But on the other hand, some minerals can do significant damage if ingested in large enough amounts. Potentially toxic are lead, arsenic, nickel, aluminum, and cadmium, all heavy metals that might have a tiny role to play in nutrition.

All minerals can have adverse effects if present in the diet in large enough amounts, but in most cases there is a broad safety zone. Within that safe range, feeding the minimum amount of a mineral might be just as effective as feeding the maximum amount—and often, considerably less expensive. 

Making matters even more complicated is the fact that some minerals have “relationships.” The amount of one mineral present might affect the absorption and utilization of another. Calcium and phosphorus are the most famous partners. Both are essential to the growth and repair of healthy bone, but they must be present in a certain proportion (with at least as much calcium as phosphorus, never the reverse) to do their jobs. Copper, zinc, and iron (with the possible addition of magnesium and manganese) form another linkage that has received a good deal of scrutiny by researchers exploring developmental bone abnormalities in young horses. And there might be many more connections we don’t yet fully understand.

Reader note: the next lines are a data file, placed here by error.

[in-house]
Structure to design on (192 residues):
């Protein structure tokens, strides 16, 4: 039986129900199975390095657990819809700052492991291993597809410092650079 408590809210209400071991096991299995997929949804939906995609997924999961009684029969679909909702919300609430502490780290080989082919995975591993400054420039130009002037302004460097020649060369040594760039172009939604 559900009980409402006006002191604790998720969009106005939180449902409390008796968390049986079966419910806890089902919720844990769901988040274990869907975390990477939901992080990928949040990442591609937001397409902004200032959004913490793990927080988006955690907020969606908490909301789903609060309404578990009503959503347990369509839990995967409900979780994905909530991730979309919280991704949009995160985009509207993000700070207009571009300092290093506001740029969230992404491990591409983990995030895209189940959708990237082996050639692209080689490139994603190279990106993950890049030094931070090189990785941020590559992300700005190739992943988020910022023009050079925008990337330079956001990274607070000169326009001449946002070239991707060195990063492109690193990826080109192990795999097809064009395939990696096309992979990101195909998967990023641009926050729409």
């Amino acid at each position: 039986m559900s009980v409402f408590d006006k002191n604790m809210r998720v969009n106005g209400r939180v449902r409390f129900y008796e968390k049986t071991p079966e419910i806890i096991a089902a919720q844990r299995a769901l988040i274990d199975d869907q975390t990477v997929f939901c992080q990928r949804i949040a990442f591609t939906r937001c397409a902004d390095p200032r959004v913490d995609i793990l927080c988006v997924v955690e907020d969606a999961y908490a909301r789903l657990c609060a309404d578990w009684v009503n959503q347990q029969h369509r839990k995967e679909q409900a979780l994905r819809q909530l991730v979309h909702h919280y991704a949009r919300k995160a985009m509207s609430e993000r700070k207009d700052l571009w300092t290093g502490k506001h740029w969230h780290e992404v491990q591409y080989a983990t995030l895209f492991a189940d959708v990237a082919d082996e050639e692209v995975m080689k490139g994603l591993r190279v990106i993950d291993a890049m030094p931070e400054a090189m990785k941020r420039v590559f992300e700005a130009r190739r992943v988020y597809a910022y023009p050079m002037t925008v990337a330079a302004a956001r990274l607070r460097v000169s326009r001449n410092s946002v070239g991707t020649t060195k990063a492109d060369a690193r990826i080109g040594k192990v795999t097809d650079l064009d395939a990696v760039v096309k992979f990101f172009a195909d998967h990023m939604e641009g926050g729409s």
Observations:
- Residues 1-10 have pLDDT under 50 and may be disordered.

Finally, the absorption of minerals in the horse’s gut varies widely. Most of these elements can bind in a number of different molecules, some of which are easier for the horse’s digestive system to break down than others. (Zinc, for example, can be found in the diet as zinc carbonate, zinc sulfate, or zinc oxide, to name only three.) The result is that, of the amount of a mineral listed on a product’s feed tag, only a very small percentage might actually be used by the horse. For example, the average absorption of calcium varies between 50% and 75% while phosphorus is less well utilized, at about 30% to 55%. Iron absorption is even poorer; less than 15% is typically used. Zinc’s range is from 5% all the way up to 90%, up to about 25%, but upward of 100% of ingested sodium is absorbed, especially when sweat losses of this mineral are high.

Feed-company chemists have tried to address the absorption problem in a number of innovative ways, some more successful than others. Organic (plant) sources of minerals often are absorbed better than are the inorganic (artificial) sources feed companies might use to supplement a feed—but even this is not a hard-and-fast rule.